April Ann Cooper

Left and Center: April circa, 1986

Right: Age Progressed to age 33


Vital Statistics at Time of Disappearance

Missing Since: December 13, 1986

Missing From: Rancho, Riverside County, California

Classification: Non-Family Abduction

Date Of Birth: May 13, 1979

Age: 7 years old

Height and Weight: 4’6″ and 60 pounds

Distinguishing Characteristics: Caucasian female, Blonde hair, Blue eyes, April’s upper front teeth were missing at the time of her 1986 abduction

Clothing/Jewelry Description: A white sweater, a lavender dress, a white leotard, and a pair of white leather dress shoes

NCMEC Number: 600818


Details of Disappearance

April was last seen in Rancho, California on December 13th 1986. She was reportedly last seen at the Woodchuck Camping Resort located 11 miles east of Temecula on Highway 79. On the day of her disappearance, April went to work with her mother, Debra “Debbie” Hamilton, at an Old Town Temecula thrift store or craft shop. Her neighbor, William James Bannister, offered to babysit April so her mother could work. William has previously babysat the child prior to her disappearance. He came by her job and picked up April.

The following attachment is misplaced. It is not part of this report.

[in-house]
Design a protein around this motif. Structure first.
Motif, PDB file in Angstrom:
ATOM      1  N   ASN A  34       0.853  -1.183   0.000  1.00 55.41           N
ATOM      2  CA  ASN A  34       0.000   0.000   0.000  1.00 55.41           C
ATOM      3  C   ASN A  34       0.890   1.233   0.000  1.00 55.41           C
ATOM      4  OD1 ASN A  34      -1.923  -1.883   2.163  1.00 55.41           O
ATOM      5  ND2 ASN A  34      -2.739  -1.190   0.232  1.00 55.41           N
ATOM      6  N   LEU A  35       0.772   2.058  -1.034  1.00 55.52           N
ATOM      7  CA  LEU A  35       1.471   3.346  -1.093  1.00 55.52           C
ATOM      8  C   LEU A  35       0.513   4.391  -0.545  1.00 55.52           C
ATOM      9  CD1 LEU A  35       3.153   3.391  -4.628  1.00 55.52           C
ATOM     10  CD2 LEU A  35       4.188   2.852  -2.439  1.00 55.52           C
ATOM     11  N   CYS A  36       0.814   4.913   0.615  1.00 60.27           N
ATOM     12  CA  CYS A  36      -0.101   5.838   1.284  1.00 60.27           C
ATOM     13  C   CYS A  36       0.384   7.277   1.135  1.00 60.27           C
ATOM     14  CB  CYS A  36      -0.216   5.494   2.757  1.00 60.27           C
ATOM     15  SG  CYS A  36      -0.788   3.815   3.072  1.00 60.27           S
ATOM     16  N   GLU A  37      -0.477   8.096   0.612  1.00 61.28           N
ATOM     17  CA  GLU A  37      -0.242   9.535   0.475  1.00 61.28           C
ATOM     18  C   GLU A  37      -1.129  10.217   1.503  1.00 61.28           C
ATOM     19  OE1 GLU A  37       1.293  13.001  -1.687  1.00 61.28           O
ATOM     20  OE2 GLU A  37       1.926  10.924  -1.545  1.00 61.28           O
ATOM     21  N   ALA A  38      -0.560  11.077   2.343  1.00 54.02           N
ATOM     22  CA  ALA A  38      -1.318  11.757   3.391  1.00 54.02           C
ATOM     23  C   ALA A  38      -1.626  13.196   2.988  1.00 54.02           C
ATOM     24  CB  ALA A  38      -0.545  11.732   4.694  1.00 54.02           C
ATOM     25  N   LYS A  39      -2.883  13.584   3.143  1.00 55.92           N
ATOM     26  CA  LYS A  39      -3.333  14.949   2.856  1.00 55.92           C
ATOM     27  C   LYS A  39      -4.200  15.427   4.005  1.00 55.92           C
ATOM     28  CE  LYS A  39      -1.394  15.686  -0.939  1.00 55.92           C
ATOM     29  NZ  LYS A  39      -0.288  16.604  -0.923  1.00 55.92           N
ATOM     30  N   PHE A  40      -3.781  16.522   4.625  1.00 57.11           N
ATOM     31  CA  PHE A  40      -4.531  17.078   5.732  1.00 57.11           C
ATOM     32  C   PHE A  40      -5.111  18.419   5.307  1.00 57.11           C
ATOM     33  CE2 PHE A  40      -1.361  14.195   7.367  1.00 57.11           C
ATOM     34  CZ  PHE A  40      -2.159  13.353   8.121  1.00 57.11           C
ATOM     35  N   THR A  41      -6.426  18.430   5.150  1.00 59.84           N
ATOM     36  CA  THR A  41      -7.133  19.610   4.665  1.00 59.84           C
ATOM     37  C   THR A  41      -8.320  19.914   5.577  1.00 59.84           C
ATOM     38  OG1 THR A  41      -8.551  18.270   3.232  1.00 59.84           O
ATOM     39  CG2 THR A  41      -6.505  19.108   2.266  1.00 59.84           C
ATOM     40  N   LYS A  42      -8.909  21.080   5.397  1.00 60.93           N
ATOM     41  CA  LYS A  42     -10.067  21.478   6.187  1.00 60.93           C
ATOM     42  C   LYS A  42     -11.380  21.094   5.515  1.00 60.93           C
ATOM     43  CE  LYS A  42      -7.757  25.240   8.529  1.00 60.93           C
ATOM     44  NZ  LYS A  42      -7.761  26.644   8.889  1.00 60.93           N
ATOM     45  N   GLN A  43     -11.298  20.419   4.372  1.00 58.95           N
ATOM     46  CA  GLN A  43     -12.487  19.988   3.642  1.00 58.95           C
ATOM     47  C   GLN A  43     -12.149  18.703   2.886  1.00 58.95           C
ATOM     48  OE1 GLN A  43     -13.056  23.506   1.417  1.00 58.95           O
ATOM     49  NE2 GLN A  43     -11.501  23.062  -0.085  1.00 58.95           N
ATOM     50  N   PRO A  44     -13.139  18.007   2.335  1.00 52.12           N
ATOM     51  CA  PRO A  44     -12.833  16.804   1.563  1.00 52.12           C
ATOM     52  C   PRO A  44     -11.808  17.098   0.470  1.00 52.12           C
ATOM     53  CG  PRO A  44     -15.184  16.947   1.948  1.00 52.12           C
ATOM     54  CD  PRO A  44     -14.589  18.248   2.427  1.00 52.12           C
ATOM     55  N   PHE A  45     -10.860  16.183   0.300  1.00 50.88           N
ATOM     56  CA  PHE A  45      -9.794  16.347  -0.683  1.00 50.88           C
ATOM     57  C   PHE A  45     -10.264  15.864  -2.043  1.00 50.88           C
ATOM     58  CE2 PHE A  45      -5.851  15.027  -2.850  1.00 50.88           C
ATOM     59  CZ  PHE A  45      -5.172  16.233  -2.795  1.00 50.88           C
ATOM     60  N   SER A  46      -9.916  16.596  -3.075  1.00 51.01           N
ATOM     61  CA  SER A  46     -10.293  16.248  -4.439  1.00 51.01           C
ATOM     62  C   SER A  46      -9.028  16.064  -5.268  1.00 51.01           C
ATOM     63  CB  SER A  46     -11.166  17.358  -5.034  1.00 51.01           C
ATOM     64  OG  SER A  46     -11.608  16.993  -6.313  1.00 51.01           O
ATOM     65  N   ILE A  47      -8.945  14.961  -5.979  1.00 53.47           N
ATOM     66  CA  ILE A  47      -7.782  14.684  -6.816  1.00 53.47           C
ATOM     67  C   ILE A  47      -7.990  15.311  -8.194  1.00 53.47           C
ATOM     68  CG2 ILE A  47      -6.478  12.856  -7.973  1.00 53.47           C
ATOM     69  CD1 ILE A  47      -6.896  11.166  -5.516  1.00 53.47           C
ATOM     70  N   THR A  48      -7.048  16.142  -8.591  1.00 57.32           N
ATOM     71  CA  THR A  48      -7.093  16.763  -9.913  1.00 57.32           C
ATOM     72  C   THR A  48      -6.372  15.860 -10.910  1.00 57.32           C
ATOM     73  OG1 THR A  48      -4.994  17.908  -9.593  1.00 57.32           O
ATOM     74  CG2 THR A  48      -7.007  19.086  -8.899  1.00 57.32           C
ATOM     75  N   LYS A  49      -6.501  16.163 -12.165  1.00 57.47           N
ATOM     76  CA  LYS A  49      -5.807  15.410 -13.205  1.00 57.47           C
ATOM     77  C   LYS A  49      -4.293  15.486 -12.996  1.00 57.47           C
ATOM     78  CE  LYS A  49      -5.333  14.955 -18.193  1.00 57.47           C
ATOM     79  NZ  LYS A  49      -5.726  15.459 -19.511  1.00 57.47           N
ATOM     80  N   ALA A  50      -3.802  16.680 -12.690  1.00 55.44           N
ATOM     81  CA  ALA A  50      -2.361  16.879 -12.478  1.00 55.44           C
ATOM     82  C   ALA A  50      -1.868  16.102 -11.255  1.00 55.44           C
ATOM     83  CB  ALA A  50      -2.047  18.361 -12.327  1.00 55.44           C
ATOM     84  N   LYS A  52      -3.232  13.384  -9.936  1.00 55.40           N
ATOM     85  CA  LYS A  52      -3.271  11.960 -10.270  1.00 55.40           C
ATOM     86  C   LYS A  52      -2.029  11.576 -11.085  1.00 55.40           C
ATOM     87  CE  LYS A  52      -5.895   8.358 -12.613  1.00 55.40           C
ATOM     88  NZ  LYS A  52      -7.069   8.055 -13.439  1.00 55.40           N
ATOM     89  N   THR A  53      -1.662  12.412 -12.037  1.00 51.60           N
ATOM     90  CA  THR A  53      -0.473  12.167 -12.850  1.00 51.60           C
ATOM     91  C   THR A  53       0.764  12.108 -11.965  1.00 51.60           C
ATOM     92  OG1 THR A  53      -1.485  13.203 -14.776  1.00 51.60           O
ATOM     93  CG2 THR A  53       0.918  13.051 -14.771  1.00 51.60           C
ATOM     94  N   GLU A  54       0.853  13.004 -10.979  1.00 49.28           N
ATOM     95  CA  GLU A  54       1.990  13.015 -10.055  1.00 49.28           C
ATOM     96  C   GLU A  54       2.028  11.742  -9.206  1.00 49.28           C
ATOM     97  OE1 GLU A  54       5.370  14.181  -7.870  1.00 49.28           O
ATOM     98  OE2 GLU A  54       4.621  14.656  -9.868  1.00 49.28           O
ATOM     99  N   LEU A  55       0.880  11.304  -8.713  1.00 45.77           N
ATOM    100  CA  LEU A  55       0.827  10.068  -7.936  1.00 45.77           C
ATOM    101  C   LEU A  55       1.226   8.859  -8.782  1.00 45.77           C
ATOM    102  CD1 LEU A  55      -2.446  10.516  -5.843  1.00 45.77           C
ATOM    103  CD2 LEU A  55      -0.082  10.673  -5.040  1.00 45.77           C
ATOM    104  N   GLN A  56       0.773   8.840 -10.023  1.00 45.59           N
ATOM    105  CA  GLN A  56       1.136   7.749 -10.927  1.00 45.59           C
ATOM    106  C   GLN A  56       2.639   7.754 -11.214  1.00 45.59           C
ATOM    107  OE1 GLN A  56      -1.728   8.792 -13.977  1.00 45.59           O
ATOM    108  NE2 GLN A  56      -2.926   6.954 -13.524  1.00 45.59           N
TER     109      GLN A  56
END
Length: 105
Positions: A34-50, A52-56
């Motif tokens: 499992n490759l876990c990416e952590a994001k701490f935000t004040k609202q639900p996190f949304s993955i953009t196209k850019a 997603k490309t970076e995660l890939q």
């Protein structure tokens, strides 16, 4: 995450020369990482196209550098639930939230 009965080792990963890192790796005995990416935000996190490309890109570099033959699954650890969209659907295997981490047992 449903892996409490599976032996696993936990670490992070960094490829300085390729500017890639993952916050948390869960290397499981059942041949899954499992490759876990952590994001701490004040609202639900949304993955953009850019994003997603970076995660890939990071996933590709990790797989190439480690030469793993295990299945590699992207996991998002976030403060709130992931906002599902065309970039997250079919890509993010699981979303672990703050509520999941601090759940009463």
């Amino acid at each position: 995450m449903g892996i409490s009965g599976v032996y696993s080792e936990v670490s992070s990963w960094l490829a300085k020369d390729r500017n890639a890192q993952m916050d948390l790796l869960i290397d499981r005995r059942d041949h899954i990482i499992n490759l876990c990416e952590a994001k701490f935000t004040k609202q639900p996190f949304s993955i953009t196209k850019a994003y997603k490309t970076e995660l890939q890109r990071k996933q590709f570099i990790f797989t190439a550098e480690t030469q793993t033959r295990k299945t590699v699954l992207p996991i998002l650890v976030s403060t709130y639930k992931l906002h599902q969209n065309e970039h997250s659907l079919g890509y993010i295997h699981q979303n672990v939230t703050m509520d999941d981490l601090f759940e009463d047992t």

This was reportedly the last time anyone actually saw April. At 5:00 pm, Bannister reported April as missing from the campground where she resided with her mother in a small travel trailer. He claimed he gave April $5 to go and play video games at the Woodchuck Campground arcade and that she left to go there. Some news accounts from that time state April was seen at the arcade at some point between noon and 1:00 pm of that day. According to Bannister, April never returned from the arcade so he reported her missing.

Bannister claimed he had last seen the child at approximately 4:15 pm. The official search for April occurred later that afternoon after she was reported as missing. Debra was unaware of her daughters disappearance until after she got off work. The initial search included county search and rescue units, underwater recovery teams, search dogs, and helicopters. Buts despite the searches, no trace of April was ever found.